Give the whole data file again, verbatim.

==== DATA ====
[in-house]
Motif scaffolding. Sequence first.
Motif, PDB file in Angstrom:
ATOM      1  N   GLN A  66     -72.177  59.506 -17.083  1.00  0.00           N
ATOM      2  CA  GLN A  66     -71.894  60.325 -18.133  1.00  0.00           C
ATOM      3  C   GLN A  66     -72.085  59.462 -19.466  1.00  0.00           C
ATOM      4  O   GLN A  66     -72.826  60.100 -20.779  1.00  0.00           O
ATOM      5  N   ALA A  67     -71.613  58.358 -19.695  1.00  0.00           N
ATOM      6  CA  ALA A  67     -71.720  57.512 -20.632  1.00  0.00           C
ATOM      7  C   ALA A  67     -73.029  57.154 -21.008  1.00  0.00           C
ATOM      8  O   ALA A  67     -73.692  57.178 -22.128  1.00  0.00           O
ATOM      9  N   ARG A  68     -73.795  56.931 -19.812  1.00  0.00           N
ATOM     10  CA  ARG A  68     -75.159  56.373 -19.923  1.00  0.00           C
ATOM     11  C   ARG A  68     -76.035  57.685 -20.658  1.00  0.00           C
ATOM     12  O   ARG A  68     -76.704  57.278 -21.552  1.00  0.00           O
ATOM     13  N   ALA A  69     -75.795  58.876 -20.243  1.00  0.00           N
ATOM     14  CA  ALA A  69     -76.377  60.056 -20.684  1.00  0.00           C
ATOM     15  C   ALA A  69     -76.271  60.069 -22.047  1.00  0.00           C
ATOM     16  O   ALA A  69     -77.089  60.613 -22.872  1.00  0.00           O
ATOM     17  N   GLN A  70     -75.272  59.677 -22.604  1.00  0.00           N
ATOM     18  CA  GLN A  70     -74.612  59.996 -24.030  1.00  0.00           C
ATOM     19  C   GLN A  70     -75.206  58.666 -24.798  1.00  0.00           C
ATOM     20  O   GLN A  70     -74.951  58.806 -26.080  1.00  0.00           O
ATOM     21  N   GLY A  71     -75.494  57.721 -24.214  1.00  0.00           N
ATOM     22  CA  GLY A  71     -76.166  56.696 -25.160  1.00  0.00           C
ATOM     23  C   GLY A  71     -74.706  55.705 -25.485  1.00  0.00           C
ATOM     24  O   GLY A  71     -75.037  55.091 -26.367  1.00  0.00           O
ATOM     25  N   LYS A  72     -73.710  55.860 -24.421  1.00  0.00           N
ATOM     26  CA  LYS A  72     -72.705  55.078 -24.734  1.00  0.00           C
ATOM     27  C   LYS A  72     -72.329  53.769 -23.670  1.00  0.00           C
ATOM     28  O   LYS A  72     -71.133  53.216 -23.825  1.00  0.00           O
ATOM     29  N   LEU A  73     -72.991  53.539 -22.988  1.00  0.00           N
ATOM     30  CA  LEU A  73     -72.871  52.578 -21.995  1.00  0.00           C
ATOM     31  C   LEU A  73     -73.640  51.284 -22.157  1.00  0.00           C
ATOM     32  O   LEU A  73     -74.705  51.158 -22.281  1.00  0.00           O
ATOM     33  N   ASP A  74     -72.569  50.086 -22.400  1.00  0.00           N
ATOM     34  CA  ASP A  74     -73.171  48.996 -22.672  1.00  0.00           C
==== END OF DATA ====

[in-house]
Motif scaffolding. Sequence first.
Motif, PDB file in Angstrom:
ATOM      1  N   GLN A  66     -72.177  59.506 -17.083  1.00  0.00           N
ATOM      2  CA  GLN A  66     -71.894  60.325 -18.133  1.00  0.00           C
ATOM      3  C   GLN A  66     -72.085  59.462 -19.466  1.00  0.00           C
ATOM      4  O   GLN A  66     -72.826  60.100 -20.779  1.00  0.00           O
ATOM      5  N   ALA A  67     -71.613  58.358 -19.695  1.00  0.00           N
ATOM      6  CA  ALA A  67     -71.720  57.512 -20.632  1.00  0.00           C
ATOM      7  C   ALA A  67     -73.029  57.154 -21.008  1.00  0.00           C
ATOM      8  O   ALA A  67     -73.692  57.178 -22.128  1.00  0.00           O
ATOM      9  N   ARG A  68     -73.795  56.931 -19.812  1.00  0.00           N
ATOM     10  CA  ARG A  68     -75.159  56.373 -19.923  1.00  0.00           C
ATOM     11  C   ARG A  68     -76.035  57.685 -20.658  1.00  0.00           C
ATOM     12  O   ARG A  68     -76.704  57.278 -21.552  1.00  0.00           O
ATOM     13  N   ALA A  69     -75.795  58.876 -20.243  1.00  0.00           N
ATOM     14  CA  ALA A  69     -76.377  60.056 -20.684  1.00  0.00           C
ATOM     15  C   ALA A  69     -76.271  60.069 -22.047  1.00  0.00           C
ATOM     16  O   ALA A  69     -77.089  60.613 -22.872  1.00  0.00           O
ATOM     17  N   GLN A  70     -75.272  59.677 -22.604  1.00  0.00           N
ATOM     18  CA  GLN A  70     -74.612  59.996 -24.030  1.00  0.00           C
ATOM     19  C   GLN A  70     -75.206  58.666 -24.798  1.00  0.00           C
ATOM     20  O   GLN A  70     -74.951  58.806 -26.080  1.00  0.00           O
ATOM     21  N   GLY A  71     -75.494  57.721 -24.214  1.00  0.00           N
ATOM     22  CA  GLY A  71     -76.166  56.696 -25.160  1.00  0.00           C
ATOM     23  C   GLY A  71     -74.706  55.705 -25.485  1.00  0.00           C
ATOM     24  O   GLY A  71     -75.037  55.091 -26.367  1.00  0.00           O
ATOM     25  N   LYS A  72     -73.710  55.860 -24.421  1.00  0.00           N
ATOM     26  CA  LYS A  72     -72.705  55.078 -24.734  1.00  0.00           C
ATOM     27  C   LYS A  72     -72.329  53.769 -23.670  1.00  0.00           C
ATOM     28  O   LYS A  72     -71.133  53.216 -23.825  1.00  0.00           O
ATOM     29  N   LEU A  73     -72.991  53.539 -22.988  1.00  0.00           N
ATOM     30  CA  LEU A  73     -72.871  52.578 -21.995  1.00  0.00           C
ATOM     31  C   LEU A  73     -73.640  51.284 -22.157  1.00  0.00           C
ATOM     32  O   LEU A  73     -74.705  51.158 -22.281  1.00  0.00           O
ATOM     33  N   ASP A  74     -72.569  50.086 -22.400  1.00  0.00           N
ATOM     34  CA  ASP A  74     -73.171  48.996 -22.672  1.00  0.00           C